Emotional instability, depression, irritability, and nervousness: These symptoms are often the most difficult to deal with, since they affect the very core of the being and destroy joy and enthusiasm. Life becomes miserable for the sufferer as well as for those around him.
Mild to severe body pain: This can vary from headaches; pressure at the base of the skull; neck pain; arm pains or numbness; torso pain; hip, thigh, and leg pain; or numbness and facial pains. Often this will be worse in the morning and evening.
Headaches: Usually there is pressure at the base of the skull, and there is sometimes associated pain in the occipital (back side of the skull) and upper cervical spine (neck). Many patients have severe, migraine-type headaches. FMS headaches may vary in location and intensity. We have seen almost every possible combination-unilateral, bilateral, facial, occipital, mild, severe, -sometimes accompanied with nausea and vomiting.
Irritable Bowel Syndrome: This is present in most sufferers, and may be caused by the sympathetic nervous system firing constantly, preventing the parasympathetic nervous system from controlling digestion. Its constant firing may increase adrenaline production and bring with it a feeling of forthcoming destruction. The parasympathetic system works well when we are relaxed, and controls things like food digestion and normal, relaxed bodily functions.
Rashes: Some people will develop rashes on their legs, arms, face, back, or other areas. Such rashes are common and almost always go away with the treatment.
Trigeminal neuralgia: Observations suggest that the tugging on the trigeminal nerve as it exits through the menenges can trigger this symptom. Trigeminal neuralgia is characterized by facial pain, often lancing-usually severe, though it can be mild. The patients we have seen with this condition usually respond well to treatment.
Calcium deposits under the skin: These are common, usually under pea size, but we have seen them much larger. They can be very painful and even cause bleeding with movement in rare cases.
Communication problems: These are common. Symptoms of this sort generally suggest a severe case. Patients we see who are this ill are unable to answer questions or keep on the subject. This lack of focus usually abates in the first two weeks of treatment.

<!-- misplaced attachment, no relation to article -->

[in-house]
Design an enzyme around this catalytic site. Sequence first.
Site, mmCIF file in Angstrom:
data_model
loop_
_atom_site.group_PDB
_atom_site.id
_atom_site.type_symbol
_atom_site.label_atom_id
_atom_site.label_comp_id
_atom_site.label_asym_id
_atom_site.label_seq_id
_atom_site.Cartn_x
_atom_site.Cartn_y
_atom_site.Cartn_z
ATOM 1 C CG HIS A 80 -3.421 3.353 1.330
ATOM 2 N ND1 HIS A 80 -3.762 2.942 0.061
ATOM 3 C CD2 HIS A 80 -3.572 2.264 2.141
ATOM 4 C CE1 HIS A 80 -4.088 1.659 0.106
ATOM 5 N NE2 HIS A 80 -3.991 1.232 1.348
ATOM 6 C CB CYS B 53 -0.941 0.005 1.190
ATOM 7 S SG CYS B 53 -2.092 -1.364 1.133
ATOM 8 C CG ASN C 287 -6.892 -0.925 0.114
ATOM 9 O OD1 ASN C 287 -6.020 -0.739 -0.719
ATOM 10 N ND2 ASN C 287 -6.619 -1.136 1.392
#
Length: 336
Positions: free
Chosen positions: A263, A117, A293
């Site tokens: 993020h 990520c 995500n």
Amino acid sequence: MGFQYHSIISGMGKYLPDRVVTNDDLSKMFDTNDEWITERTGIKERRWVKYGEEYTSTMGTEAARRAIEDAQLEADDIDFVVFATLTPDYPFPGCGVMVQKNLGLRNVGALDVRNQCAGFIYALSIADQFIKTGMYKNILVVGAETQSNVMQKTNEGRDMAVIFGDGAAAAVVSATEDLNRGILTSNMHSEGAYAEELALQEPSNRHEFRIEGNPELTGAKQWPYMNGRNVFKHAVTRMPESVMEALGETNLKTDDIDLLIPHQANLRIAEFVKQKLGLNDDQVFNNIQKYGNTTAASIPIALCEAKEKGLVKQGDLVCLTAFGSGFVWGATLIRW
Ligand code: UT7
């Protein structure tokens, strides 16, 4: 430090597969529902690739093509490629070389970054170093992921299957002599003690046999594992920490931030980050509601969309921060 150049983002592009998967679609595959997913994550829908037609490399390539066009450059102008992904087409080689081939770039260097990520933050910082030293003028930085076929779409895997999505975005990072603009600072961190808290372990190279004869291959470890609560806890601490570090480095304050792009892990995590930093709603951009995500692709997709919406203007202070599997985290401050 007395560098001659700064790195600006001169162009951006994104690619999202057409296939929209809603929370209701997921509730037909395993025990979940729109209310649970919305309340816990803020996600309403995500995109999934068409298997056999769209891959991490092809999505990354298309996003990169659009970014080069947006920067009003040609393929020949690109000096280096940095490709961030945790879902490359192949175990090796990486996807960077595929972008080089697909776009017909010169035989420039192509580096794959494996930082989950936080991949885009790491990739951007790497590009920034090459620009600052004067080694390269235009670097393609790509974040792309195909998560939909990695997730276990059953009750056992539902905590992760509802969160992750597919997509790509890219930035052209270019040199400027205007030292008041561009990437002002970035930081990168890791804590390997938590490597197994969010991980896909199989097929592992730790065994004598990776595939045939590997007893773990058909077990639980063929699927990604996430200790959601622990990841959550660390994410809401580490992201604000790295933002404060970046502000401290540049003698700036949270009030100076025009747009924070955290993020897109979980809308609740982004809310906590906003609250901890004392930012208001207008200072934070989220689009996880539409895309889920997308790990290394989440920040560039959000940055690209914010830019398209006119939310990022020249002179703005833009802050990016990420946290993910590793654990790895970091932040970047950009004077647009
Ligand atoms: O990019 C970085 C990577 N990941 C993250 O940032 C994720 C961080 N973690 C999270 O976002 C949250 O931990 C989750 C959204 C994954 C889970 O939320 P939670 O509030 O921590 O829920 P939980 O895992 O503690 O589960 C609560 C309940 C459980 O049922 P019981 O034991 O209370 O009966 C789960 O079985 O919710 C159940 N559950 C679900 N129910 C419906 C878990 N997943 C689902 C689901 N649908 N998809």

Anxiety: Anxiety is often one of the most severe problems. Many patients don't even realize they have anxiety until it is pointed out. It can be brought on by the sympathetic nervous system firing continuously. It will push one, even though they may be totally exhausted, and keep them going somewhat; but it is this anxiety that also prevents sleep and rest. Panic attacks - feelings of a need to protect oneself or to run away - are common. When anxiety disappears, our patients become very tired and restorative sleep follows. This is when we see leaps in their improvement.
All of the glands of the body can be affected, i.e.: the pituitary, the thyroid, the adrenals, the reproductive glands, the pancreas, etc. These glands malfunctioning can create a host of physical problems as well as mental and emotional problems. This is why balancing hormones give a person a boost.
RSD or CRPS (Complex Regional Pain Syndrome): This is a complex and, until-now, misunderstood problem associated with an accident or a surgery. After the event the body part involved will continue to display pain and often circulatory problems. The pain can be excruciating.